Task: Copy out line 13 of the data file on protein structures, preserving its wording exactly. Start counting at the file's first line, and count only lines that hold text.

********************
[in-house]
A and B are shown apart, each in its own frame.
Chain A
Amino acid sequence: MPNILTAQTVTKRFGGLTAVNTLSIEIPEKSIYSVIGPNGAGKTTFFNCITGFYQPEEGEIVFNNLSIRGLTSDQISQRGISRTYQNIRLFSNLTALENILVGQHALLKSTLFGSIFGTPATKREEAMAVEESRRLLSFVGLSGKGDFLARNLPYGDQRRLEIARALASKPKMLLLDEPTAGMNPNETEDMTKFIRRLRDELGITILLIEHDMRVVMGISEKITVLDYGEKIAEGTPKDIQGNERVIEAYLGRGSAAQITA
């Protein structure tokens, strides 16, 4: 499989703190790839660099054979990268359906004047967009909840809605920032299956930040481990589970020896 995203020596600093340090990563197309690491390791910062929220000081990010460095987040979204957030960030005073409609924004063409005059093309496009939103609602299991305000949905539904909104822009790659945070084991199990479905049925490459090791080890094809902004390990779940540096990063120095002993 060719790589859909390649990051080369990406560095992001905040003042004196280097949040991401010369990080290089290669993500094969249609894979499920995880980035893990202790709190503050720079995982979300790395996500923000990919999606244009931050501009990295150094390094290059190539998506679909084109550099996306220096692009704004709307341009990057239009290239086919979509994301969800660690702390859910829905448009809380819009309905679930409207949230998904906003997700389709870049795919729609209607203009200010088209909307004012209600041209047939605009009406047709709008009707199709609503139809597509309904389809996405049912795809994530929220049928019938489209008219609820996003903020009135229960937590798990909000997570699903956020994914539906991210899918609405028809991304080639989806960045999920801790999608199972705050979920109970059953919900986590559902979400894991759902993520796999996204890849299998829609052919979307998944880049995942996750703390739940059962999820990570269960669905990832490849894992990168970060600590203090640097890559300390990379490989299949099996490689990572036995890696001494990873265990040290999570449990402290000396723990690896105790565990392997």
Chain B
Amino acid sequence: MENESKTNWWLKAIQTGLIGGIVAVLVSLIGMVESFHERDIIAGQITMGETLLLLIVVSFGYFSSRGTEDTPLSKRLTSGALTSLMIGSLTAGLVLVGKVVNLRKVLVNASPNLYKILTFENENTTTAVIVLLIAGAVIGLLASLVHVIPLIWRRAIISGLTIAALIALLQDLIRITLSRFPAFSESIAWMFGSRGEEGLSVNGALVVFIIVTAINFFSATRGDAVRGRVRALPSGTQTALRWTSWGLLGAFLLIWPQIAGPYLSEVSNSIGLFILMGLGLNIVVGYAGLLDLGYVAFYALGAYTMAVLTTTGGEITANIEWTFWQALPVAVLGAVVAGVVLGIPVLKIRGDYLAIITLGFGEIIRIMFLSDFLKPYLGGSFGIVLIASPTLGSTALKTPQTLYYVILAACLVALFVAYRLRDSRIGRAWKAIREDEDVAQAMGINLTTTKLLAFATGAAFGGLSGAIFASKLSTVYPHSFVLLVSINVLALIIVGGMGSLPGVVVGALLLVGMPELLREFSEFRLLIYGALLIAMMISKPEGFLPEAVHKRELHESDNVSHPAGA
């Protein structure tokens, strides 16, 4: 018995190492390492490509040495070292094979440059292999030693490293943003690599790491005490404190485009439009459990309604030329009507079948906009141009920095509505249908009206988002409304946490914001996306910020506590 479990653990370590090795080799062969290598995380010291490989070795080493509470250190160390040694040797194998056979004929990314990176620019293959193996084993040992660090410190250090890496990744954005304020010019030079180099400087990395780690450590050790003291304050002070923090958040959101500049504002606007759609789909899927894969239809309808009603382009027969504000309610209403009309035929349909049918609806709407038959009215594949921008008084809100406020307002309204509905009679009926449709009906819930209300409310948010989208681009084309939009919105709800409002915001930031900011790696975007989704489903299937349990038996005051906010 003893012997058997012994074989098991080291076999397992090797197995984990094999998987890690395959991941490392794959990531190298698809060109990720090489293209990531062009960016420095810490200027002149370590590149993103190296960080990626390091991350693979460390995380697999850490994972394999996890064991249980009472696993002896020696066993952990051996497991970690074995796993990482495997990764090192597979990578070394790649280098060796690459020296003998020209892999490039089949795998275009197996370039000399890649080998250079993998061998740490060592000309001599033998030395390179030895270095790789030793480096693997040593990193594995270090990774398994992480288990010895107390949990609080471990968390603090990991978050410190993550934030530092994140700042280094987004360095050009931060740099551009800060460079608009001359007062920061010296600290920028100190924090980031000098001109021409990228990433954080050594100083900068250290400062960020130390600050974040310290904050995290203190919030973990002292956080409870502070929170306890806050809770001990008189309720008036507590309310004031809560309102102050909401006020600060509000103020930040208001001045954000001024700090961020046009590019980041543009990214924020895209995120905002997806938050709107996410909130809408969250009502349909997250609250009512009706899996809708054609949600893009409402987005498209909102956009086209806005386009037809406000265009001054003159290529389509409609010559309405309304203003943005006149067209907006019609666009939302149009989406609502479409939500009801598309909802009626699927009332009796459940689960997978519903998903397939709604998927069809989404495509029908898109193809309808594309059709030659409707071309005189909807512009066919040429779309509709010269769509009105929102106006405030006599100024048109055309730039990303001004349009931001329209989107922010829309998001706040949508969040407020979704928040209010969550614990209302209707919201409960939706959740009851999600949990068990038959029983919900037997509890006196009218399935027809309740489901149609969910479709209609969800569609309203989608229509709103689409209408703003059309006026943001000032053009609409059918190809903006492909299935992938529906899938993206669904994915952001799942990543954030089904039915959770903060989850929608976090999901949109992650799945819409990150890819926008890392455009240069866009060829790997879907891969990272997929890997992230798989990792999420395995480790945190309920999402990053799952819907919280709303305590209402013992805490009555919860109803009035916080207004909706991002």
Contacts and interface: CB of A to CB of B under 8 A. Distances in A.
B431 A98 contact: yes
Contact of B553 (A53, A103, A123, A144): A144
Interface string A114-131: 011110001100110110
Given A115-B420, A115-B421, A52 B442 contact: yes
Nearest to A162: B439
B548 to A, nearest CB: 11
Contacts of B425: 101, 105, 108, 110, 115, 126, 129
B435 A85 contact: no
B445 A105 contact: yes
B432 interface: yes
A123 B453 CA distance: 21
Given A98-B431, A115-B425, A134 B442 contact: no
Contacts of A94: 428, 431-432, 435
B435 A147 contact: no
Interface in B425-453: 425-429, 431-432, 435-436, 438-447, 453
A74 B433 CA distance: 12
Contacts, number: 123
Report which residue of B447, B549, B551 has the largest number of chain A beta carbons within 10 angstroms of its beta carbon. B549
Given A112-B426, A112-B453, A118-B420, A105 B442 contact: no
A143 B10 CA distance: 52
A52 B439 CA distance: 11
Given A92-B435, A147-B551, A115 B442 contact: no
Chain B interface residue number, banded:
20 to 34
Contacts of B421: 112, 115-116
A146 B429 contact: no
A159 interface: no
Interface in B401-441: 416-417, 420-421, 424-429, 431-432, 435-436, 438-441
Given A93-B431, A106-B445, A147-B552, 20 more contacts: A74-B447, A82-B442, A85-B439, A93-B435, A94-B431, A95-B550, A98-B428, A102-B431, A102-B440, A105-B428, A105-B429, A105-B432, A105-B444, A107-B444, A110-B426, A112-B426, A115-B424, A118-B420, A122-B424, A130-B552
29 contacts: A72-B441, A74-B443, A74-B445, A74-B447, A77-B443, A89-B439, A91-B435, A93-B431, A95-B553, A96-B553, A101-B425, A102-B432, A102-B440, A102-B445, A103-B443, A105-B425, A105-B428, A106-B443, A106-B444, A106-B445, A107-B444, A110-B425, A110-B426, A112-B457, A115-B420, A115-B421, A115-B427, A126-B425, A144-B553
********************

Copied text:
Given A115-B420, A115-B421, A52 B442 contact: yes